The lobby box office also has a woodsy feeling. Vice president of development and construction Dale Friddell, who lives in Conroe, cut down a large oak tree in his yard that had been weakened by Hurricane Ike and killed by this summer's drought to secure the wood for the box office.

"Only one sawmill in Texas was big enough to cut it," Richardson said. "So we have a beautiful box office with a homemade table. It's the kind of thing we do that no one else does."

The total number of seats in the complex has been reduced from just over 1,600 in the old Angelika to around 1,000 in the new Sundance. The new stadium seats are roomier, with a small table between every other seat. The sound system in each theater has been enhanced and extensive renovations have been made to comply with changes in the Americans with Disabilities Act since the Angelika opened in 1997.

"We lost 40 percent of the seats but we made everything more luxurious," Richardson said.

The ticket pricing system will be different too, with higher prices during more popular times. The basic matinee price on weekdays is $7.50, with a $10.50 basic price for evening shows, plus an added "amenity fee" ranging from $1 for Friday and Saturday matinees to $3 on Friday and Saturday nights, so that prices can range up to $13.50 at peak times. (There are discounts for students and senior citizens.)

The amenity fee makes up for lost revenue because Sundance never runs those annoying ads before a movie begins, Richardson said.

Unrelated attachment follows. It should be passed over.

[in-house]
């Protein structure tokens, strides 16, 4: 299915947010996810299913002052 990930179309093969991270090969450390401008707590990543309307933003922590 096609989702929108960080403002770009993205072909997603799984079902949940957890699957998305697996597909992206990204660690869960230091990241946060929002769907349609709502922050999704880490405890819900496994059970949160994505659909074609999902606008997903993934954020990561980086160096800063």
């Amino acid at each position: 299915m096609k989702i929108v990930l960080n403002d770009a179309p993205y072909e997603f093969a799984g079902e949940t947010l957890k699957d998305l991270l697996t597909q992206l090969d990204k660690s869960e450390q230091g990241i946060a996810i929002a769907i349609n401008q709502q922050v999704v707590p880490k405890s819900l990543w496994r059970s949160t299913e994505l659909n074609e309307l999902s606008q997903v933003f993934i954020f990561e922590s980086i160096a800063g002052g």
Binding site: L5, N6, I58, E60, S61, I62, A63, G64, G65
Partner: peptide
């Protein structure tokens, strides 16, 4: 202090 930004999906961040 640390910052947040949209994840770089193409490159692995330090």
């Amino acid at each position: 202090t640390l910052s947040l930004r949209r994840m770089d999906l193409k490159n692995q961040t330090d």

In keeping with Redford's environmental awareness, the theater was built with recycled materials wherever possible (seat backs are made from recycled plastic, for example). Theatergoers will be encouraged to place their glass products and plastic bottles in specially marked recycling bins. Wine and beer will be served in glasswear and not plastic. And glasses for 3-D movies will be washed and reused. "Throwing things away is not the Sundance way," said Friddell.

Parking will remain free, with validation. Sundance will set up a specially marked express line inside the theater for quick validation.

As for the movies, they'll be a mix of popular hits that have cultural significance and small, independent films that won't be found anywhere else in Houston. There will also be events like the monthly CultureMap Night at the Movies, hosted by Joe Leydon.

Prior to the Nov. 23 opening, Sundance will host two nights of special preview benefits. The Nov. 21 preview will benefit the Houston Cinema Arts Society and the Museum of Fine Arts Houston, Film Department. The Nov. 22 preview will benefit the Montrose Counseling Center and the Galveston Bay Foundation. Tickets are $25 each night; all proceeds with go to the groups being honored. At the Nov. 22 preview, Jamie Redford (Robert Redford's son) will show clips from his new film, The River Red.

 

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A rust-colored collage hangs above the concession stand in the new Sundance Cinemas lobby in downtown Houston.
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There are fewer seats in the new Sundance than there were in the old Angelika, but each seat is roomier.
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A view of the trellis in the Sundance lobby. There's a lot of work to be done before the Nov. 23 opening. Benefit preview parties are planned for Nov. 21 and 22.